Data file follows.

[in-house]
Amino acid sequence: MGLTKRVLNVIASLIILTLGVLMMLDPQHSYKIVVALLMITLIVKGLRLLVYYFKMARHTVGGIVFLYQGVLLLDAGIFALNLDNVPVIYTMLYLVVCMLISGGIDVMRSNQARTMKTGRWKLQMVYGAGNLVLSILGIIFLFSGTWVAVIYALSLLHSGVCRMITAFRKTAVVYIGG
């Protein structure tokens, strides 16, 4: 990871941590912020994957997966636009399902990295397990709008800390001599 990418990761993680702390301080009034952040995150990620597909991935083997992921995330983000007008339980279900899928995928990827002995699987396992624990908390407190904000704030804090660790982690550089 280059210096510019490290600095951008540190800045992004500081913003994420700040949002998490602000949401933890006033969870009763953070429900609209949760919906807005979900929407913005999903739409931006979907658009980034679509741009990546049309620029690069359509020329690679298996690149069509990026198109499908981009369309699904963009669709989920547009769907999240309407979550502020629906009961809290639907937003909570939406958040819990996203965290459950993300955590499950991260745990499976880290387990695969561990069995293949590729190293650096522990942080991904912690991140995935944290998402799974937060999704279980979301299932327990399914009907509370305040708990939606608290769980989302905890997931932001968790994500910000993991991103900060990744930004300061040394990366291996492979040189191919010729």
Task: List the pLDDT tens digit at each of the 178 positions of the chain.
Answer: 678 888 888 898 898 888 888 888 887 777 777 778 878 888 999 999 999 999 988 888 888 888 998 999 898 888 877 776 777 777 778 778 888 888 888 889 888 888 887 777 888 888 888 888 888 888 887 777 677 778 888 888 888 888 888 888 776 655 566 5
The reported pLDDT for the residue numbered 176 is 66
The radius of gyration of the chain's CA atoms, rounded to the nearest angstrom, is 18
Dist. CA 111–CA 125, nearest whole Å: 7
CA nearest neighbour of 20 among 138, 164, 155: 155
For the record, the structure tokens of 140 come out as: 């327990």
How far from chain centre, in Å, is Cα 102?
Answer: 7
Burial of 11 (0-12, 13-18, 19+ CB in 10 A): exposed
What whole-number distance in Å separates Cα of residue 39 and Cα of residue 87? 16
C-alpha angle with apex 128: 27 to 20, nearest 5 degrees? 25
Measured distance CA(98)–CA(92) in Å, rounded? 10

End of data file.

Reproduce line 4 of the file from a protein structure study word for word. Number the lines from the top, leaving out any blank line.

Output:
Task: List the pLDDT tens digit at each of the 178 positions of the chain.